Postmates' Bizarre Cookbook Has No Recipes

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Although you can get just about any recipe you want off the internet, there's still something about an actual cookbook. It's fun to sit down and go through these from cover to cover, imagining your way through course after course. What's even more fun, though, are those cookbooks that are kind off of the beaten path: old cookbooks from the inedible era (here's looking at you, Jell-O salad); cookbooks by celebrities not exactly known for their foodie credentials (shout-outs to Snoop Dogg and the late Liz Taylor); cookbooks built around books, movies, and TV shows such as Friends; and those sometimes questionable cookbooks meant to showcase a single product, such as Cheetos or Mountain Dew.

Oddest of all are the cookbooks that don't contain actual recipes — and yes, these do exist. The 1970s underground classic "Anarchist's Cookbook," somehow still in print after 50 years, is more of a how-to guide for DIY explosives, weapons, and drugs (via NPR). (DON'T try these at home, kids.) The mid-2000s brought us "The Takeout Cookbook" containing, as one Amazon reviewer put it, just a single "truly, um, interesting recipe" (via Amazon). (Spoiler alert: It was for the tasty 19th-century classic "sheep's feet in white sauce.") The latest entrant to this rather exclusive club of so-called cookbooks is brought to us by food-delivery service Postmates. Its title: "Don't Cookbook."

Postmates' Don't Cookbook wants you to do just that

Postmates' "Don't Cookbook" has more than 200 un-recipes, each one consisting of artwork featuring the named food, usually in some kind of quirky setting: a cowboy-suited kid riding a taco, a poke bowl with a brachiosaurus, chicken wings flying through the sky. The recipes are, shall we say, less than helpful. The taco recipe calls for "Yee, Haw, Taco, Ride, and Smooth." Good luck picking those up at your local Kroger. The directions are even more fun, as these are more likely to resemble some sort of food-related Zen koan: "1) The key to riding an angry taco is to wear a really big hat. 2) The bigger your hat, the easier to balance. 3) The easier to balance, the smoother the ride. 4) The smoother the ride, the less taco stuff that gets jangled loose and scattered all over your boots and the ground. 5) Order tacos."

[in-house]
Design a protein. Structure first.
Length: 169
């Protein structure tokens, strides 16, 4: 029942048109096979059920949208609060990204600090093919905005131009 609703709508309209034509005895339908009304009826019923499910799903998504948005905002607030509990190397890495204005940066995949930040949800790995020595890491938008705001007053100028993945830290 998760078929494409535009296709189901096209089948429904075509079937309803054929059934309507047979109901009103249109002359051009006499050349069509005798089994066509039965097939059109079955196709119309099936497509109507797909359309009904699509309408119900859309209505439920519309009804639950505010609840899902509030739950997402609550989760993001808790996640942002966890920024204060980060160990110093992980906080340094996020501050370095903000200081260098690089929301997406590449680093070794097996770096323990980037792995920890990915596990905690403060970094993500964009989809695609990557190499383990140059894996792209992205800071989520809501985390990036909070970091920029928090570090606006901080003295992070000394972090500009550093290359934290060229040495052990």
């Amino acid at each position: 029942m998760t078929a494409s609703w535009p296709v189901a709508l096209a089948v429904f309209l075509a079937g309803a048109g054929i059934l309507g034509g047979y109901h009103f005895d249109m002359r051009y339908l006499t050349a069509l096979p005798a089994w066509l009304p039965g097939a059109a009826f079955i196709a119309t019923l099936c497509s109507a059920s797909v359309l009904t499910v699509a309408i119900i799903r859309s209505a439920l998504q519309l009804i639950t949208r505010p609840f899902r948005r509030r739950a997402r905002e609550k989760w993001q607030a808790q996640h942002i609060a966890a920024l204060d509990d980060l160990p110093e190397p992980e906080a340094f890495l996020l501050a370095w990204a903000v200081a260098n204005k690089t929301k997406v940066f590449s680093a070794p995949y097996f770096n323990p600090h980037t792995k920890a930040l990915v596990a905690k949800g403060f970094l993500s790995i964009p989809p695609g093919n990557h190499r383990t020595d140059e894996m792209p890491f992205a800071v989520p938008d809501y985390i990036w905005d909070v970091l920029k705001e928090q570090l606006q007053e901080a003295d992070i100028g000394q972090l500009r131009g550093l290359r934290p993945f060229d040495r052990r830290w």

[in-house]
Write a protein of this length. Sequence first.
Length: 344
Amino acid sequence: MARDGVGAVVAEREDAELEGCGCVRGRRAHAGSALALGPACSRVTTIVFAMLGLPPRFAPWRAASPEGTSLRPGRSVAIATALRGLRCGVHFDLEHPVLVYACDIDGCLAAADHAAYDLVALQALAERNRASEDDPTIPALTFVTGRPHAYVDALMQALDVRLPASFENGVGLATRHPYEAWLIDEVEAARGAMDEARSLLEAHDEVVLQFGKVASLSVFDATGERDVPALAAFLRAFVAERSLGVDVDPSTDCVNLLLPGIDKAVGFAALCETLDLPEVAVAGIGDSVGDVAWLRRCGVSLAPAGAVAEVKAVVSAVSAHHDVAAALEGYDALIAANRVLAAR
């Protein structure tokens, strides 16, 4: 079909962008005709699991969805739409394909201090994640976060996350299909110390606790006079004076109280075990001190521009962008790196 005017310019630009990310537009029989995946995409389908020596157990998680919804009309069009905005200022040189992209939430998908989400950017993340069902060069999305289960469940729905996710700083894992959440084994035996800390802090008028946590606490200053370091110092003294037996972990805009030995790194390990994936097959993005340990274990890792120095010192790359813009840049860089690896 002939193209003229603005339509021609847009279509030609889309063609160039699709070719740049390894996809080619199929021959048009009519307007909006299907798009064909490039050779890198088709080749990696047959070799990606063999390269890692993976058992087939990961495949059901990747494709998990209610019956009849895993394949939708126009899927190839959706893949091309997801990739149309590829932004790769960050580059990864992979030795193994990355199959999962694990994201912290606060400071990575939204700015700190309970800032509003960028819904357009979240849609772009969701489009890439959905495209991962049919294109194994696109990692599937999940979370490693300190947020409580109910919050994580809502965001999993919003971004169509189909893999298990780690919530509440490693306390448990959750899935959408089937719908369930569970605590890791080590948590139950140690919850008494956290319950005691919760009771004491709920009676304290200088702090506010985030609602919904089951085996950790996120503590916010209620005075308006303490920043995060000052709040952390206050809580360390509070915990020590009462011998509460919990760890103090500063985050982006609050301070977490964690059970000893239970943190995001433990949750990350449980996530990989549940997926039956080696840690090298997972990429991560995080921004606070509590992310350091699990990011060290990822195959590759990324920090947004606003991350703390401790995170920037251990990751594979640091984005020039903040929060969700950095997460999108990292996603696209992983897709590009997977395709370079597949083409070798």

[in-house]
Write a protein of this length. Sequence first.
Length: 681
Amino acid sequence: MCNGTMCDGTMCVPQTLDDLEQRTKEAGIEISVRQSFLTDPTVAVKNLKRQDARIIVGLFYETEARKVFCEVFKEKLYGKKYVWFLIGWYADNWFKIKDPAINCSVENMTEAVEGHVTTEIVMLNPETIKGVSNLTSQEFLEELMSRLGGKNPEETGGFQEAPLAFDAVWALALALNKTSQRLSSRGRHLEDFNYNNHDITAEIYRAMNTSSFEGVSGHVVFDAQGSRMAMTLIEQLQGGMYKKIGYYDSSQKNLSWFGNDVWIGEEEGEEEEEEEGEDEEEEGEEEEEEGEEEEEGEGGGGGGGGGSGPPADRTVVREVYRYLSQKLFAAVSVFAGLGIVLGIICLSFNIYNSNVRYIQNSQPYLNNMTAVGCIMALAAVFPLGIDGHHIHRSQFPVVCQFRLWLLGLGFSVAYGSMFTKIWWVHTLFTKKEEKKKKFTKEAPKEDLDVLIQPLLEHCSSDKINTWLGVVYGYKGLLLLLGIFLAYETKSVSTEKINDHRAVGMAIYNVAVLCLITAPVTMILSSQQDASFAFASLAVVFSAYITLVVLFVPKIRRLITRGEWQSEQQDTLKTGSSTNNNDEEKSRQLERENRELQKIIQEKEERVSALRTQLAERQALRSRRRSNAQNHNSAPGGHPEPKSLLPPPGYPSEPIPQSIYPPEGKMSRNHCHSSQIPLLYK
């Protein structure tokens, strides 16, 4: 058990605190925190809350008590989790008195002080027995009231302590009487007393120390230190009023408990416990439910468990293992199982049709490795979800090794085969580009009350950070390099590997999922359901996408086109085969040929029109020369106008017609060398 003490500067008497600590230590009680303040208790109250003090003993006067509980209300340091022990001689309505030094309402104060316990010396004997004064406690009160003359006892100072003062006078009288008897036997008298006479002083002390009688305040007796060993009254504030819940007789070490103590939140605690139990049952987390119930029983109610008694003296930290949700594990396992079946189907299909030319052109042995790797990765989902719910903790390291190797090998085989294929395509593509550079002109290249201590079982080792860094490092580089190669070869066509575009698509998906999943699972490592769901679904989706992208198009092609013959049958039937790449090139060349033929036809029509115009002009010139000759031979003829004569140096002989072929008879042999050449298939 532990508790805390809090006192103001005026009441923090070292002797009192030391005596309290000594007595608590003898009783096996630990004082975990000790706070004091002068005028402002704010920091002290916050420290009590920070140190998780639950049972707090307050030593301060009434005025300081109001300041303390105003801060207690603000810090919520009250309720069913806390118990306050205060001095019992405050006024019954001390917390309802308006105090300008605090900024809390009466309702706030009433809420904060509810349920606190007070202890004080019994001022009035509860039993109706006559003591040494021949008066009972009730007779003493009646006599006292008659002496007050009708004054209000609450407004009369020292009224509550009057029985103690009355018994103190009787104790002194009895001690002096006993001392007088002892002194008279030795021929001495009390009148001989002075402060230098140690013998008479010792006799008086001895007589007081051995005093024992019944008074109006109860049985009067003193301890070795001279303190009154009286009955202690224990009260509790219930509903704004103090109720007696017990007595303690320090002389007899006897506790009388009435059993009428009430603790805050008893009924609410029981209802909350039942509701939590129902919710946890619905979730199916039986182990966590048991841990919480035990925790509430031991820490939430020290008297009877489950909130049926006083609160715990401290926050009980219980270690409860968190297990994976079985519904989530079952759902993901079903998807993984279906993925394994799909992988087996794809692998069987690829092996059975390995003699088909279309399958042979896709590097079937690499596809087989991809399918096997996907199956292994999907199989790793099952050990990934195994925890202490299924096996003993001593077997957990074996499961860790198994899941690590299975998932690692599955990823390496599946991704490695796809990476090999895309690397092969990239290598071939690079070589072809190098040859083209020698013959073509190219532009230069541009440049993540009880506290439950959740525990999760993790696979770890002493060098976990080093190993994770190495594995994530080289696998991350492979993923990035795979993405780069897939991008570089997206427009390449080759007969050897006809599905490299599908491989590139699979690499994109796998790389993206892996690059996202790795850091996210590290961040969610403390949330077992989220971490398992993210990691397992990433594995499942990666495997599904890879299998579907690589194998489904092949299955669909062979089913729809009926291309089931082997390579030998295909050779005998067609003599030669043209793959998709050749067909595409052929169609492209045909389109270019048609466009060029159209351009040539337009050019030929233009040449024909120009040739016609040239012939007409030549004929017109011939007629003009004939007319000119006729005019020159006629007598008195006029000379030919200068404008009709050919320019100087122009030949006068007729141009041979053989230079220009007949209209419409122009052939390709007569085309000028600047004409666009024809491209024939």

There's also a downright apocalyptic chicken wing recipe. The ingredients list is an ominous chant: "Chicken Drum, Chicken Drum, Chicken Drum, Dip," while the directions read like minimalist-poetry-meets-end-times-prophecy: "1) Giant wings careen toward the most delicious dip of all. 2) It's either a scrumptious snack or the end of humanity, depending on which end of the wing you're on. 3) Order chicken wings."

Postmates' Don't Cookbook is a marketing stunt, of course

Yes, every recipe in Postmates' "Don't Cookbook" ends with "Order [name of food]." Not only that but there's a QR code to access that item through your local Postmates. The real surprise, however, is that the "Don't Cookbook," priced at $50, actually sold out (via HypeBeast). Despite alleged customer comments including, "This 'Don't Cookbook' made me want to not cook again and again," and "This 'Don't Cookbook' should be required reading for anyone who's ever washed a dish. You know you never want to do that again, now prove it," we suspect the book was snapped up by people who can afford $50 gag gifts ... or Postmates delivery fees. (Perhaps Seth Rogen picked up a few copies.)

If you still want to get your hands on a copy, you can put your name on the waiting list for a second print run. As an alternative, you could check out Postmates' Instagram, where they've posted a number of pics from the cookbook. Okay, so you miss out on the poetry, but you do get to read the always-entertaining comment threads. They consist mostly of customers who were dissatisfied with the Postmates experience. Plus, the money you save might be almost enough to get a burger, fries, and a small soda from Postmates. Or you could always buy a real cookbook and have enough change to buy groceries for more than a few meals.